My mother is a strong woman. I’ve maybe seen her cry twice in my lifetime. And I’m pretty sure there were never tears before my existence. But if there’s a surefire way to break her heart, I know how to do it. And I am the only person who holds this sad, sad key.
If I want to genuinely upset my mother, I say the following words. Oh, I don’t play piano. Nope. Don’t know how. If Kony and Jafar from Aladdin (sorry, second most evil person that came to my mind just now) married and had a baby, it would be me saying these words to my mom over and over again.
There are multiple copies of an early photograph of me. I’m 11 months and poised at a piano, my squishy fingers hovering carefully above its keys. My parents showed it to every guest, telling them I never ever banged the piano, and isn’t that extraordinary?
Of course, the natural course of action was to enroll me for lessons a.s.a.p. At four I became a student of the Suzuki method. It was a short experience, as the teacher pressed my fingers into the keys too painfully, enraging my folks. Next was a lovely woman who lived in the house across the alley. I only remember playing with her kids, though. Eventually I found more permanence at a local piano shop. I went through several teachers. But finally I came across the teacher to end all piano teachers. She was the most beautiful woman I had ever seen in my entire life. And at age ten, she taught me a piece of Bach that I can still air-drum on my desk to this day.
We should be clear. My parents were never the cliche tiger-creatures portrayed in Amy Tan novels. But they were never shy about their faith – that piano was my destiny. They never wavered in their conviction, never expressed as much joy in anything else, as when I played Canon in D. My brilliant piano teacher only perpetuated this feeling. Through her I learned to play piano like those prodigy children on television. She was always encouraging, always kind, and very familial. She became the older sister I could only dream of having. With her help, I was enrolled in several piano competitions. And, I vaguely recall winning a few. But as I grew older, a growing uneasiness filled me. I didn’t know how to play piano!
How does one win piano competitions without knowing how to play piano? I should elaborate. I didn’t believe I knew how to play piano. Because, while I could play a sonata from memory, outside of that memory I had no understanding of the basic fundamentals of music. Playing for piano competitions, I learned songs with a harrowing precision, one or two at a time. But I couldn’t play “happy birthday.” I couldn’t read notes. I still don’t know what a treble clef is! Okay, and I was damn lazy. That too. Mostly the last one.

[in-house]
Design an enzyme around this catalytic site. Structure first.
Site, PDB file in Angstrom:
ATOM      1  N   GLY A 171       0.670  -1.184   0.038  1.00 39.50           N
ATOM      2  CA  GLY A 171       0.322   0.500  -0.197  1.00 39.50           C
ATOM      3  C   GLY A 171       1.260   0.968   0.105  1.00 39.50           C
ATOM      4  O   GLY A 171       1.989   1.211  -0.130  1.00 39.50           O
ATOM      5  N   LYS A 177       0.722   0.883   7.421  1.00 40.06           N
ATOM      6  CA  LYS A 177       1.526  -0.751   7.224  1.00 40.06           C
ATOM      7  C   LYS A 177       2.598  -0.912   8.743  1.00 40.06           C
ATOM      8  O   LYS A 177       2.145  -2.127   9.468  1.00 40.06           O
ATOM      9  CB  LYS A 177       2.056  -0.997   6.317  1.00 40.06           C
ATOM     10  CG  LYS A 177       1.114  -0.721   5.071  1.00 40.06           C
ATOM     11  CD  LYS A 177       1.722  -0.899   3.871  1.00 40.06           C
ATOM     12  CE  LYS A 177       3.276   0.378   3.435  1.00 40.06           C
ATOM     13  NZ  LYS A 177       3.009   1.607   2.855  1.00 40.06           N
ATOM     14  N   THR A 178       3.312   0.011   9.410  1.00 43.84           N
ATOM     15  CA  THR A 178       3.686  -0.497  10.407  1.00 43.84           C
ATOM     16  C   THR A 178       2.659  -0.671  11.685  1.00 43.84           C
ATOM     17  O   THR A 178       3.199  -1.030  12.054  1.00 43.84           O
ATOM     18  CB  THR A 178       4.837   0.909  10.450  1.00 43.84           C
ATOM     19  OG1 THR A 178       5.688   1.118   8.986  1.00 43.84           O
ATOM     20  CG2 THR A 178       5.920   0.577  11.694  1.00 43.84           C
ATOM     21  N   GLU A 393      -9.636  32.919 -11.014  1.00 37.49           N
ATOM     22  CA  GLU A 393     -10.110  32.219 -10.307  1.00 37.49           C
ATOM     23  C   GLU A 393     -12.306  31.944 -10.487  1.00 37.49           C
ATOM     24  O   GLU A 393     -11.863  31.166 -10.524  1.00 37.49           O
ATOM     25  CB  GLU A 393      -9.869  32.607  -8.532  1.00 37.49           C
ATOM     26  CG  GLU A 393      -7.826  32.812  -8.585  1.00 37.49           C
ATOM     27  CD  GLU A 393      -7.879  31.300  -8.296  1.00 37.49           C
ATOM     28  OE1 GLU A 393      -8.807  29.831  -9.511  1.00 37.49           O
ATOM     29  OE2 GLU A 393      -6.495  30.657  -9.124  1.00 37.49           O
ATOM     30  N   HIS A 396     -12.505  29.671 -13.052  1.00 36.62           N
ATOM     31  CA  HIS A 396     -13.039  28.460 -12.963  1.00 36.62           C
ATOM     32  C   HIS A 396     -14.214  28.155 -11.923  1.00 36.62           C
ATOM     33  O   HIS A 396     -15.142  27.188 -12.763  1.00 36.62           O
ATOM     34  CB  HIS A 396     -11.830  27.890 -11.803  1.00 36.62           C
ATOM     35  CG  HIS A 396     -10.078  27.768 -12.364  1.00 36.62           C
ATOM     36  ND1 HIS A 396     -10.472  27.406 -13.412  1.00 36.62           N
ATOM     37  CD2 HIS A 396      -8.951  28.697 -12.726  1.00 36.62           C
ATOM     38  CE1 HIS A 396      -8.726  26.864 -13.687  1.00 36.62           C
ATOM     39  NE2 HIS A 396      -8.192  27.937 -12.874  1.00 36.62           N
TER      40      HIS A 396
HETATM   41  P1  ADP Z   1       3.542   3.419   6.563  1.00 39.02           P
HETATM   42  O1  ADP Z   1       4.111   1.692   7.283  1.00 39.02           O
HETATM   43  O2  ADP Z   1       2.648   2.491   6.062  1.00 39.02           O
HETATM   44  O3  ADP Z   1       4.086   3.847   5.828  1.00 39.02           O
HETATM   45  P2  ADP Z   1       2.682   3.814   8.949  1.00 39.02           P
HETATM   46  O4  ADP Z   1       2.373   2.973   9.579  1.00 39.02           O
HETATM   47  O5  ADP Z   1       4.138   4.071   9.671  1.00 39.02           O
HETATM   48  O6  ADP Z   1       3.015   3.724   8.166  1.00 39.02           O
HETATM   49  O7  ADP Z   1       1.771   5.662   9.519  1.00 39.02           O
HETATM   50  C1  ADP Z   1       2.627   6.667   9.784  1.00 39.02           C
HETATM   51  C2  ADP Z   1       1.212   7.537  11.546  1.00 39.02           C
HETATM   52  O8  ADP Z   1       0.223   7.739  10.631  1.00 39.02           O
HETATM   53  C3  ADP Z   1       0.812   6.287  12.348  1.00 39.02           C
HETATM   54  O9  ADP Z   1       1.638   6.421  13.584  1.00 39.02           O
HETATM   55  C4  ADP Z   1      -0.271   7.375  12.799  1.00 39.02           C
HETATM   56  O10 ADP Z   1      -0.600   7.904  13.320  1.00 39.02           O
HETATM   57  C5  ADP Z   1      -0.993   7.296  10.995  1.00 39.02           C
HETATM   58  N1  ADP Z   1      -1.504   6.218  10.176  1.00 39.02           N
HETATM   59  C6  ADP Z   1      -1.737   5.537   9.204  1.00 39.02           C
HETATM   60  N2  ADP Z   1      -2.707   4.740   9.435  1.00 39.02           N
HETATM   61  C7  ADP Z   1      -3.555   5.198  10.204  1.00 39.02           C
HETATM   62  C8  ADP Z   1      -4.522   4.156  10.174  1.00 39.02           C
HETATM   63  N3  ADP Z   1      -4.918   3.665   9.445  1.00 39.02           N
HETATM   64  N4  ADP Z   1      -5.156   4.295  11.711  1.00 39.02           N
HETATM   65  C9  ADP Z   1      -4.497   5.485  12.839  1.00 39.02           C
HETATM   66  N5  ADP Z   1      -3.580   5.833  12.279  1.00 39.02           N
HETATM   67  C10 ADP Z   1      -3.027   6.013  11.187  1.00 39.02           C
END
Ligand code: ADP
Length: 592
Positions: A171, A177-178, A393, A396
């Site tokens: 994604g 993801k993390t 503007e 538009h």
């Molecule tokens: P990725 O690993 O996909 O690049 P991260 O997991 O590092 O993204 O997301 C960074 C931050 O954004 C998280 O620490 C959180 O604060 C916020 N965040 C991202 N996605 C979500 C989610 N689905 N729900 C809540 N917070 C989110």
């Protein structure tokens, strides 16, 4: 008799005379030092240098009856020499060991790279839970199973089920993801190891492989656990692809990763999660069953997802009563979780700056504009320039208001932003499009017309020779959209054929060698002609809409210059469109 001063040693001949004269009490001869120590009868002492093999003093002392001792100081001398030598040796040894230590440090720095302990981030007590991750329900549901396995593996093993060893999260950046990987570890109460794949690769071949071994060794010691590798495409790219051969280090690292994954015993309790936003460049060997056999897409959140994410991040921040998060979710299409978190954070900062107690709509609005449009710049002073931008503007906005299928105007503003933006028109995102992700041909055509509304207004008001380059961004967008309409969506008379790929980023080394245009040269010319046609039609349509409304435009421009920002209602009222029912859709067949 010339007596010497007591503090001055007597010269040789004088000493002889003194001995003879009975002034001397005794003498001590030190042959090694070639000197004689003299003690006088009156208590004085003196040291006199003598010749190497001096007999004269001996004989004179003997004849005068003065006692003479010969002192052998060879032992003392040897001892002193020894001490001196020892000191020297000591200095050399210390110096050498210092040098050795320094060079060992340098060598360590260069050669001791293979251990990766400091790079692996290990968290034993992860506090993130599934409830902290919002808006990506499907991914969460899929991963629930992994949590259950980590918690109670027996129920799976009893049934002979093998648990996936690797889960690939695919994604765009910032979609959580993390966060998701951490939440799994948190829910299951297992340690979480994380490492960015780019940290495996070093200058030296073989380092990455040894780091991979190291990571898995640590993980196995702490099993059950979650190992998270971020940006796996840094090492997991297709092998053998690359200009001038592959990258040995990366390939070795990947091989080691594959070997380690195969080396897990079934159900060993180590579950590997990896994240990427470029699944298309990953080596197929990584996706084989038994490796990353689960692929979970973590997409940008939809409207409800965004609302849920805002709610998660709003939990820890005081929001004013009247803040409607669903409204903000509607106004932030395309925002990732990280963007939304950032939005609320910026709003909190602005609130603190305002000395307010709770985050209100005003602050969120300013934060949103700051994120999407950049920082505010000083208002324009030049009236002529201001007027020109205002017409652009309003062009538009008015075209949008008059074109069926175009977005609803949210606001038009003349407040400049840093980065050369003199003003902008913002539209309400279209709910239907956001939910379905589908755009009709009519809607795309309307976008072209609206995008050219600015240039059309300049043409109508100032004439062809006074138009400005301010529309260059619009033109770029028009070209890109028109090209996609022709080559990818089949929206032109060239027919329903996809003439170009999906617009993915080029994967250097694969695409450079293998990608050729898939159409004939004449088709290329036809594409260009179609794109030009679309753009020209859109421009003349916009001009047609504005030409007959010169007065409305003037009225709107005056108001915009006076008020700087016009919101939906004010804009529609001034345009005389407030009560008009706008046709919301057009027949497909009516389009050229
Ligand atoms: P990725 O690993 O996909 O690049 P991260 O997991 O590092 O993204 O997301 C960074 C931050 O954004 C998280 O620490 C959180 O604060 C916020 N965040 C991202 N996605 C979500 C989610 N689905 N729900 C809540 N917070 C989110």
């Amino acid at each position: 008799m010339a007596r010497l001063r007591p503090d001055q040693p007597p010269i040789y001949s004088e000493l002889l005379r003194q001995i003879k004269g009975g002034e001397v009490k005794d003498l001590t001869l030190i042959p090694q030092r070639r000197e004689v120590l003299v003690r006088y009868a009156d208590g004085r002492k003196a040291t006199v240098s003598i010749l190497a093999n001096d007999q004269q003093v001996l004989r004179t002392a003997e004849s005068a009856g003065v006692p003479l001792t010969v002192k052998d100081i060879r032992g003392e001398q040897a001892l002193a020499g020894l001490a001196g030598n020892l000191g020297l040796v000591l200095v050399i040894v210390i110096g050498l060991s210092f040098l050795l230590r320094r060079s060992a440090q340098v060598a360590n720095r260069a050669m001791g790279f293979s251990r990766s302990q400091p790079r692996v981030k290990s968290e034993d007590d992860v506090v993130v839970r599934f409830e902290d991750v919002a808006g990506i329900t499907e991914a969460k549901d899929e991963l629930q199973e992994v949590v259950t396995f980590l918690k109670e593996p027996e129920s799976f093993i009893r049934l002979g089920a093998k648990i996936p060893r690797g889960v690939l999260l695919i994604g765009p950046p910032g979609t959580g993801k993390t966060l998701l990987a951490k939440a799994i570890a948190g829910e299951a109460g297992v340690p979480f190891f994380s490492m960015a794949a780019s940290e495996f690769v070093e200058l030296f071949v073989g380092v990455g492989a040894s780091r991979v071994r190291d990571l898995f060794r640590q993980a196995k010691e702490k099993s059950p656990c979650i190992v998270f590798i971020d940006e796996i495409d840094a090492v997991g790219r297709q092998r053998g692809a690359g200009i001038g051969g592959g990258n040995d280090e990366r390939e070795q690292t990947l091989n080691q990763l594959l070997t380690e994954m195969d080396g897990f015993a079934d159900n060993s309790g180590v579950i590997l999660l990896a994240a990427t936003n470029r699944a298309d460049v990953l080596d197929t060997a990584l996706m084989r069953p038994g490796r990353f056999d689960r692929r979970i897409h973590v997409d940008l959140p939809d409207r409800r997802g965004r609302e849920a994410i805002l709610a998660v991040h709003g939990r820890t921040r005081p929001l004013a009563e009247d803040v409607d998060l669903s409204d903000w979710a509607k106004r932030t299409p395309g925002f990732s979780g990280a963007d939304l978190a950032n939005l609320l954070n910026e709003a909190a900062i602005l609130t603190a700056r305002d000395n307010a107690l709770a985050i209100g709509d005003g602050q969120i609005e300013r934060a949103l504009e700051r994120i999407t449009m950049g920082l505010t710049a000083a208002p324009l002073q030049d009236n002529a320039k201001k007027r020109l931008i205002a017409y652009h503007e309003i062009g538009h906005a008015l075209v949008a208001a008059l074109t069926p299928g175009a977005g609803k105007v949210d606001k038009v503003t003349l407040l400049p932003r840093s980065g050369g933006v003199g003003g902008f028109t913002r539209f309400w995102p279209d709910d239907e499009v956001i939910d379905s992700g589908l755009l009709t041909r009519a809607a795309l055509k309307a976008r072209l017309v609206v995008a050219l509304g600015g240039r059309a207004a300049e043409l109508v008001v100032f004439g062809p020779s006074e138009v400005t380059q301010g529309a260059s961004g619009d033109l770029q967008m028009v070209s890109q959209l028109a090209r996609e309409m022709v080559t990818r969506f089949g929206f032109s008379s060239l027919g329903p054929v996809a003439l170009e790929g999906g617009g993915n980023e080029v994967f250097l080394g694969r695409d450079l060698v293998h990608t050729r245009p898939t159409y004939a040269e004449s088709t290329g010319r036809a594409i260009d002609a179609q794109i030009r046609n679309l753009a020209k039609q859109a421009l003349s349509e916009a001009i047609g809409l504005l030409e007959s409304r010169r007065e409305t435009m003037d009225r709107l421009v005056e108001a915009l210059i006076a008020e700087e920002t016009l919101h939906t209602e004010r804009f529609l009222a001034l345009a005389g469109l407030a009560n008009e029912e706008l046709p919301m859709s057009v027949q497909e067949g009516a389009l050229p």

The tipping point was probably a “winners concert,” held for a competition I won second place in. I didn’t practice, I didn’t think I had to — after winning. But then the concert came and, on stage, in the middle of my song I forgot how to play it. After me was the first place winner. Picture a very, very smug Greg Kinnear, is what this 15-year old jerk-face looked like. He looked straight at me in the middle of his song. When our eyes-contacted, his expression clearly said “You don’t belong here.”
I quit. Senior year. The first of many quits in my lifetime. I learned how to quit, when I quit piano.
Fast forward to age nineteen. Filled with regret and a supernatural determination to still be an upstanding individual, I write on a growing list of “30-things” a vow — to play piano with fluency.
Fast forward to today.
You might have noticed the lackluster shade of my blog, of late. February was a wonderful, wonderful month. But it is over, and I’m realizing that I’ve fallen into old tricks. I’ve thrown distractions at you – cutesy crafts and baked goods – to give the illusion that I’m being my best self. My best self, I’m slowly realizing, is when I work so hard I forget to flip my hair. It’s when I look like a complete idiot, my transparent mistakes unfiltered.
I spent the last two hours trying to record myself playing a song. Do I really have to upload it on youtube, first? Let me post this, to fulfill my “Thursday post” promise. And maybe edit a video in. But consider this my way of telling you, that I will cross piano playing off my list. And I will prove it.
march 9, 2012 Edit*** After struggling with video uploading for an hour, I called it a night last night. Besides computer frustrations, I realized my shoulders were hurting from the exertions of playing piano for longer than twenty minutes. ah.
Should this current upload be a success, let me frame it for you. It’s pretty terrible. I miss a ton of notes, especially a few grand chords. It’s sort of like olympic figure skating – going for a triple axel and only landing a double (or not jumping at all) – in music form. Also, my “musicality” makes me look like I’m having an epileptic fit. As for the song, I found it in my old books. Think I had to know it once, for a competition. It’s sort of what I do when I sit at the piano. I try to relive my glory days, and play the same songs over and over, while becoming increasingly worse. The trick will be forcing myself to practice, painfully, to fight through new material.
Let’s say the current goal will be to post one song per month? Yes? I can’t be on camera too often, you understand, I will explode and choke on my own self-loathing.
Thank you for watching. And please don’t judge me if I delete this whole thing in a fit.